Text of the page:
What XCOM creator Julian Gollop did next

Kickstarter, Chaos Reborn and going indie.

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XCOM creator Julian Gollop.

Do you remember Julian Gollop?

Gollop created XCOM - not the recent, superb remake from Civilization developer Firaxis - the original, the game that makes me feel a little tired when I realise it's 20 years old.

It was a game that, for some, perfected turn-based strategy. It influenced so many who played it, and so many who would go on to make games themselves, including Jake Solomon, the lead designer of the remake. The softly-spoken British designer's done well for himself, then. He's left his mark.

But where has he been these past few years? What's he been up to?

Most recently Gollop worked for Ubisoft's Bulgarian studio in Sofia. He led development on Nintendo 3DS launch title Ghost Recon Shadow Wars, a turn-based strategy game that played like a Julian Gollop game despite the branding that helped sell it. "I really enjoyed that one," Gollop tells me. "I think the game was pretty good."

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Ghost Recon Shadow Wars for Nintendo 3DS.

Funnily enough, Shadow Wars spawned from development of a bigger game for multiple platforms that didn't end up seeing the light of day. That unreleased game was in development when Gollop pitched Ghost Recon Shadow Wars as "XCOM meets Ghost Recon for Nintendo 3DS", but because he already had a Ghost Recon game in production, and Ubisoft has a multi-format release principle that still governs much of its output today, the powers that be called for Gollop to add a Nintendo DS version to the slate. The DS version became a 3DS version because the 3DS had been announced, and the big Ghost Recon game Gollop had been working on was canned. And so, Ghost Recon Shadow Wars the 3DS launch title was born. It was "pretty good", as the understated Gollop puts it. Most agree it was one of the best 3DS launch titles.

After wrapping up Shadow Wars Gollop worked as the co-creative director of Assassin's Creed 3 Liberation for the PlayStation Vita - at least for the first year of its development. But it seems Gollop enjoyed working on Assassin's Creed less than Ghost Recon.

"Assassin's Creed, well, it was an interesting project," he says. Gollop spent a lot of time working on the game's character, its setting and story, as well as some of its more unique elements, such as the persona system, which allowed protagonist Aveline to change into one of three outfits that switched up her stealth options. But then real life threw a spanner in the works.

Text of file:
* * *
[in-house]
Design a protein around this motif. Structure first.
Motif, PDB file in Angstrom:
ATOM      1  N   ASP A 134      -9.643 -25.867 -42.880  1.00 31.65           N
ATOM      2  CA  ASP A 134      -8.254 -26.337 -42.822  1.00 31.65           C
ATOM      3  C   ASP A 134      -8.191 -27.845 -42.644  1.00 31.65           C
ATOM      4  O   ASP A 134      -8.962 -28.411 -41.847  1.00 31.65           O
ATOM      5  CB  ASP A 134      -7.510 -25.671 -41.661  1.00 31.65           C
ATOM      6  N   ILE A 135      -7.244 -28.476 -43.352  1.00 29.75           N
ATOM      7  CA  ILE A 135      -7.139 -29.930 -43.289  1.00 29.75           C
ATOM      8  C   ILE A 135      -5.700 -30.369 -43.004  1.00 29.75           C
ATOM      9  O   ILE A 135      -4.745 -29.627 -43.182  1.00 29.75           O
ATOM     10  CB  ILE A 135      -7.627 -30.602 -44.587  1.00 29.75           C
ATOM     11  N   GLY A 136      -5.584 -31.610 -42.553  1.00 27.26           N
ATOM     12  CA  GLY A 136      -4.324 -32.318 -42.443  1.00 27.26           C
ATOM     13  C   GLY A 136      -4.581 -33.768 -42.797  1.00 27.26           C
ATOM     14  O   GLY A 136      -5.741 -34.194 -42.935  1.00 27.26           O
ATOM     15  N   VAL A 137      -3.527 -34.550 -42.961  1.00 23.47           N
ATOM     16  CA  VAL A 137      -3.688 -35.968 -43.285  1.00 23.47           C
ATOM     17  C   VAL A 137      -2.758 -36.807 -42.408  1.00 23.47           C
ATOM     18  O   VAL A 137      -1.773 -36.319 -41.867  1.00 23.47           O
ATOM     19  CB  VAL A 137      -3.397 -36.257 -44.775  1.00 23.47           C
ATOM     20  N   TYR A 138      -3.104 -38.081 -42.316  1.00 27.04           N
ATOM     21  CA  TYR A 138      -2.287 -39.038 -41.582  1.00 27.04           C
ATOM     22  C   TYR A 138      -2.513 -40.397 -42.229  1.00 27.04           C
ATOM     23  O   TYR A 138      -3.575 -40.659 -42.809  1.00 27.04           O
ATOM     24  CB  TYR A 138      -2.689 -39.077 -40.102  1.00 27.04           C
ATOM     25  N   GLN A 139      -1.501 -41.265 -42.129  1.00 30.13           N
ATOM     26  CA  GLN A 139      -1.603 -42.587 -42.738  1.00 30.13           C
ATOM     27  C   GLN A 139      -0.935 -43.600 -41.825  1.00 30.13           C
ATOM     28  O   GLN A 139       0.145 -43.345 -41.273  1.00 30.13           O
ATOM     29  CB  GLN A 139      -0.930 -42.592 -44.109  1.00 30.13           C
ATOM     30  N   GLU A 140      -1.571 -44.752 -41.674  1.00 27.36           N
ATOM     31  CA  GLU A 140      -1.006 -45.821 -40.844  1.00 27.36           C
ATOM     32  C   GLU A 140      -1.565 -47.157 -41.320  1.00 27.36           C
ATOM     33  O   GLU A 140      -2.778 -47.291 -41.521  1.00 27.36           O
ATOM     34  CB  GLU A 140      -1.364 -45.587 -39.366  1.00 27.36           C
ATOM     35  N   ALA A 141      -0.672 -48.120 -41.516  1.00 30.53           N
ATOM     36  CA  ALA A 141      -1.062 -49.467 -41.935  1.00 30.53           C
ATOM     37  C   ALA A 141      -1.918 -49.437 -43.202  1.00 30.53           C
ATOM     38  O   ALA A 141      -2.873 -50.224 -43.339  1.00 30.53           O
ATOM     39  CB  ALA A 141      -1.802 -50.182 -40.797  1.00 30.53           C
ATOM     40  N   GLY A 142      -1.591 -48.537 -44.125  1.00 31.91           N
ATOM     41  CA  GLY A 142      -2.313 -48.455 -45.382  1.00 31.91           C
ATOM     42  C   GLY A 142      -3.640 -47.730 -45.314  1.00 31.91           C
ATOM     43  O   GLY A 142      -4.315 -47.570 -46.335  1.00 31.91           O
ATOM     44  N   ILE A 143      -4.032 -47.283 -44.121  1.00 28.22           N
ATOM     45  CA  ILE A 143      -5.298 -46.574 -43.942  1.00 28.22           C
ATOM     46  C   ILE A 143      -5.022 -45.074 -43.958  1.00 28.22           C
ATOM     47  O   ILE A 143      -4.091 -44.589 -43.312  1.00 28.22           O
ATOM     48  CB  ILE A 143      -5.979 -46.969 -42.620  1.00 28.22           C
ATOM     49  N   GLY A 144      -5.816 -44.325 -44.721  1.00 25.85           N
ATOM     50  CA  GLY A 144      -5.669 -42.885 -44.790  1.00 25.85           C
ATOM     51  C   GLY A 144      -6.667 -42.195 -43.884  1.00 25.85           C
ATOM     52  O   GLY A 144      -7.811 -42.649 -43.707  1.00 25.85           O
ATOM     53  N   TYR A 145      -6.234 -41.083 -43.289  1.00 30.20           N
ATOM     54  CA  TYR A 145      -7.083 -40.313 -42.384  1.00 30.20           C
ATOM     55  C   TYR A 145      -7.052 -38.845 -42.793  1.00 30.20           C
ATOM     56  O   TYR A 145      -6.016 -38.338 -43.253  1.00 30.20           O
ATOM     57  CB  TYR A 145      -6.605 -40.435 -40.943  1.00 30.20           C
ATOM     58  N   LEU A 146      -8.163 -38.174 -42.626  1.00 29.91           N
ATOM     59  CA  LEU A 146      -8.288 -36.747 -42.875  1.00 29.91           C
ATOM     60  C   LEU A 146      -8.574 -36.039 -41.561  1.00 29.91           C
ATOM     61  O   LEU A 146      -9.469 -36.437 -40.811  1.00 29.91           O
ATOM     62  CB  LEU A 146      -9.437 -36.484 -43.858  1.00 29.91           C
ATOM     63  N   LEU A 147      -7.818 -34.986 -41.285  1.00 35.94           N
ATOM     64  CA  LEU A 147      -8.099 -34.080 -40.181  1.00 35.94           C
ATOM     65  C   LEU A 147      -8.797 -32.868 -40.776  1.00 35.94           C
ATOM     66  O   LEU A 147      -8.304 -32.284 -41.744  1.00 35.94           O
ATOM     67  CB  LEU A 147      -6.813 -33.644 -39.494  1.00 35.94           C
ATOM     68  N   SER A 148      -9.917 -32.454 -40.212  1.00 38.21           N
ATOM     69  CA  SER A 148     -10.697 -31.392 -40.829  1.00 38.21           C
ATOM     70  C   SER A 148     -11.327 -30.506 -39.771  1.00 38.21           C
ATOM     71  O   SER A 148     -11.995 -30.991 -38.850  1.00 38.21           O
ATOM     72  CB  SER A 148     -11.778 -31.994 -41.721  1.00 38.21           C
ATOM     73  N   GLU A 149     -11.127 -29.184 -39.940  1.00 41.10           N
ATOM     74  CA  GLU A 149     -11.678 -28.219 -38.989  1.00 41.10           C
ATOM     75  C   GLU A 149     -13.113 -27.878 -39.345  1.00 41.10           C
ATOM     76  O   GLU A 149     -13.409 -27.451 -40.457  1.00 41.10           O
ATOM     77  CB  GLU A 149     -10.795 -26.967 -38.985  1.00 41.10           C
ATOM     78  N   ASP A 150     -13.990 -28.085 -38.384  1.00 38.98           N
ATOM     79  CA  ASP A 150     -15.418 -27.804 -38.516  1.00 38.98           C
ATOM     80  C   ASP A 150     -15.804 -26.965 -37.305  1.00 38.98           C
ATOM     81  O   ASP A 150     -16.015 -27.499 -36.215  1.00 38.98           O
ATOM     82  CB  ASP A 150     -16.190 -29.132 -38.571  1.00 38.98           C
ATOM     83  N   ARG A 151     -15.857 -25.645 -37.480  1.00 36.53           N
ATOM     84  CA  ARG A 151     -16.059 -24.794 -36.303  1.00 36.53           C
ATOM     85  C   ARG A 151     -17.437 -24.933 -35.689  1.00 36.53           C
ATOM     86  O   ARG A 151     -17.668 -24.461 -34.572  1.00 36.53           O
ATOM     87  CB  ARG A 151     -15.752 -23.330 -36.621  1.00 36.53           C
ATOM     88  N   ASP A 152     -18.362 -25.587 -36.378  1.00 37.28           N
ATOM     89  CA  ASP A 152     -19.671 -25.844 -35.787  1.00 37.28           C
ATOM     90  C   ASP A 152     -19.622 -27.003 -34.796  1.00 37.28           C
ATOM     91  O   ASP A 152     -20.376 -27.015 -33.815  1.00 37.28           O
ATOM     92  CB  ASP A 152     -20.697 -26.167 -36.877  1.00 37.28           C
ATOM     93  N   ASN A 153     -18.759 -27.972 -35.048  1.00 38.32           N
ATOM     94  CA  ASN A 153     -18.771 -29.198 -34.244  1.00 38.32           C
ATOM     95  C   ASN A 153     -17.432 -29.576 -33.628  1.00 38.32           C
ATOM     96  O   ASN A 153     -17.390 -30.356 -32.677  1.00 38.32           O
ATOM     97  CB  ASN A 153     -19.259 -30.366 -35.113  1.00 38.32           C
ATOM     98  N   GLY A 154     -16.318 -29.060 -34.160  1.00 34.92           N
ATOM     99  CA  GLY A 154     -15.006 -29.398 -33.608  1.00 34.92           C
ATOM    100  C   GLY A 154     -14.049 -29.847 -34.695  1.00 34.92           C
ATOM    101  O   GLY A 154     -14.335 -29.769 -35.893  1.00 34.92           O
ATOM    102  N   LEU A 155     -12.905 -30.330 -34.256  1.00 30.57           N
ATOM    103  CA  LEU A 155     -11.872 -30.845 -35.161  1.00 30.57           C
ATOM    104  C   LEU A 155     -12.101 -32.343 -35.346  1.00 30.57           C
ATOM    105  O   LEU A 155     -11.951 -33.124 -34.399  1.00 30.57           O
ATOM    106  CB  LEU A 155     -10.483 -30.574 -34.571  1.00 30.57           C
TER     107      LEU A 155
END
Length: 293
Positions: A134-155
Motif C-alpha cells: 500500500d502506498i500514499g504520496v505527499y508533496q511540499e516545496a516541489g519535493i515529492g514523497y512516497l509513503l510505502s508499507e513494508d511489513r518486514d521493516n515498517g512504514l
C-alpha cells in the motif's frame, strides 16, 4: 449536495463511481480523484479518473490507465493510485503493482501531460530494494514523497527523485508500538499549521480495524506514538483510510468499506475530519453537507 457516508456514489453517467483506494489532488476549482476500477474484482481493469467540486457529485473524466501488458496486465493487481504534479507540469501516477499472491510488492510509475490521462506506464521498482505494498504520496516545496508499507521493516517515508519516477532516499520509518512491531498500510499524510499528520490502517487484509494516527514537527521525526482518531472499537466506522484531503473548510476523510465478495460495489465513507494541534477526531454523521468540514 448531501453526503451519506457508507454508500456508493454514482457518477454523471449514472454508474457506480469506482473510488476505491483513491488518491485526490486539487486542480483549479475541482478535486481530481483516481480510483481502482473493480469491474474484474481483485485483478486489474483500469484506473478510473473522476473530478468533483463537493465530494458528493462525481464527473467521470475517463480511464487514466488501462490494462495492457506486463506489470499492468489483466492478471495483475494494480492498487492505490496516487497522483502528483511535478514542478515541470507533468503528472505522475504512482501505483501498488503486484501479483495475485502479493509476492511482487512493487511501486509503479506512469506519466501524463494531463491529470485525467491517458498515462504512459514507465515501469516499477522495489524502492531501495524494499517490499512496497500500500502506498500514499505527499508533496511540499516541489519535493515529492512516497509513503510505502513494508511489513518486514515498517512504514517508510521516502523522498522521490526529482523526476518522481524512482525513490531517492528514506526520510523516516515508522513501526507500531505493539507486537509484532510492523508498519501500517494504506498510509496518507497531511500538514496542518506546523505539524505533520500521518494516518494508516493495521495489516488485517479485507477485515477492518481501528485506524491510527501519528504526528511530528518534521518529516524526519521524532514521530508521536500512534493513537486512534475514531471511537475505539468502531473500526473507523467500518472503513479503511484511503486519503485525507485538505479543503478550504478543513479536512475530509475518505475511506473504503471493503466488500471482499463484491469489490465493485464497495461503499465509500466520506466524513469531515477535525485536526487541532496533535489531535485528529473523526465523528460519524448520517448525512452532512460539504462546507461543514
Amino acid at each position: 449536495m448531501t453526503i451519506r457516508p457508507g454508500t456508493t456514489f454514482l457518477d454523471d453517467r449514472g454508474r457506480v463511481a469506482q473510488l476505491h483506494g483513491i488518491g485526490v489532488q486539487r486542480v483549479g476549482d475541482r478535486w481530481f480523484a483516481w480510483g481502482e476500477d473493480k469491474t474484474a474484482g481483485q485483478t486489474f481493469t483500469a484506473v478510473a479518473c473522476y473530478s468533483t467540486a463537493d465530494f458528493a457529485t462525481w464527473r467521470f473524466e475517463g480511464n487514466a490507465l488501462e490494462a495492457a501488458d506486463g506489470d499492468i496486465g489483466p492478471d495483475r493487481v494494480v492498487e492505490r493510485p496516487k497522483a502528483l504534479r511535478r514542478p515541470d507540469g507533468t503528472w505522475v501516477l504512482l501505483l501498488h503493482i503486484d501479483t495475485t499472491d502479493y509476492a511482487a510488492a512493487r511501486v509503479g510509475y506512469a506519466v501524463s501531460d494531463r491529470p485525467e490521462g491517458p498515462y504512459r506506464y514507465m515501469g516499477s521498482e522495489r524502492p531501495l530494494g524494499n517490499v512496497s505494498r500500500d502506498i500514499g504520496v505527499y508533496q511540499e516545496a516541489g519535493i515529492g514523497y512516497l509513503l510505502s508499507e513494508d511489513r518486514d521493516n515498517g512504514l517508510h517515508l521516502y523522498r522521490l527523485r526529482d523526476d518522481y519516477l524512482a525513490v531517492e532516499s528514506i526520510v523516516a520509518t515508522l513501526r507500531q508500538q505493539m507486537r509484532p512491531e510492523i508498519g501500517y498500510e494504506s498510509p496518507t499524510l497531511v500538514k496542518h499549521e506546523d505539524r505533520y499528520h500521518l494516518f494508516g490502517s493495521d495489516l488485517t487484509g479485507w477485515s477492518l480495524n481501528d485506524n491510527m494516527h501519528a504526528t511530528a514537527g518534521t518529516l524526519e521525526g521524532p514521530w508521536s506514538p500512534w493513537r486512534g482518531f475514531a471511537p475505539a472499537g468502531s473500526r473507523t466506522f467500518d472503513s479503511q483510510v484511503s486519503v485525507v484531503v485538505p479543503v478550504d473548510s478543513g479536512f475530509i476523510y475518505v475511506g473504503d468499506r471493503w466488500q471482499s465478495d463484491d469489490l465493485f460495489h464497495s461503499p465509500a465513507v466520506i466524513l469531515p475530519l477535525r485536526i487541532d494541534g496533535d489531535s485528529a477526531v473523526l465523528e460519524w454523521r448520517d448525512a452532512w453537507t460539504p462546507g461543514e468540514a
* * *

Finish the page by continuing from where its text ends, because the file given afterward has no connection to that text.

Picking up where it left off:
Gollop wanted to take paternity leave to help his wife with their twins. What he ended up doing was taking six months off "to contemplate my future". "I realised my future did not lie with Ubisoft. It lay with doing the games I really wanted to do." Gollop had, after five years working for Ubisoft, gone back to indie game development. Ubisoft continued with the development of Assassin's Creed 3 Liberation and it released on Vita in October 2012.

"I realised my future did not lie with Ubisoft. It lay with doing the games I really wanted to do."

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Gollop was co-creative director of Assassin's Creed 3: Liberation for a time.

I guess it's fair to say I'd forgotten about Julian Gollop, however mean that sounds. After leaving Ubisoft and as next generation console madness went ballistic, he slipped from my mind. Every now and then I'd see something online about the new XCOM and I'd think, what's Julian Gollop up to? And then I'd think of something else, probably to do with resolutions or frame-rate.

Gollop might have been out of the public eye, but he was still thinking intently about creating games. He first had the idea to launch a Kickstarter for a remake of his cult classic fantasty turn-based strategy game Chaos in October 2012.

"I wanted to get back to the kind of games I enjoyed making, and I know there is a certain audience for as well," he says. "Every year more or less since around 2000, I've had requests from people saying, 'can I do a remake of Chaos?' I normally had five or six of these requests each year. So lots of people were trying to remake the original Chaos. I thought, well, this game must have something about it that people liked."

Gollop is late to the party when it comes to remaking Chaos, despite it being his own game. He counts around 35 remakes that have been made over the years, off the back of hundreds of attempts. None, though, were by Chaos' original creator.

"When I was making it back in 1984, it was my first Z80 assembler project," he recalls. "It was a very cool project for me and I enjoyed making it. So I wanted to revisit the game, not do a straightforward remake, but try and keep the essence of the original gameplay, which is very simple, accessible gameplay, and expand it with a bigger single-player RPG element and more multiplayer online options. Those were my thoughts back in October 2012."

Then, they were just thoughts. But express a thought on the internet and it, instantly, becomes a plan, a statement of intent, a vow, a promise - and a potential disappointment. "Someone asked me a question on Twitter, saying, 'why don't you do a remake of Chaos?' I said, 'as it happens. I've just decided I'm going to do it.'" Gollop laughs. "That spread through the Twitterverse and people were getting excited about it, so I decided, yeah, I really need to make this a bigger project and get a team on board to help, and think about raising some serious money for it through crowdfunding. That's the stage I've got to now."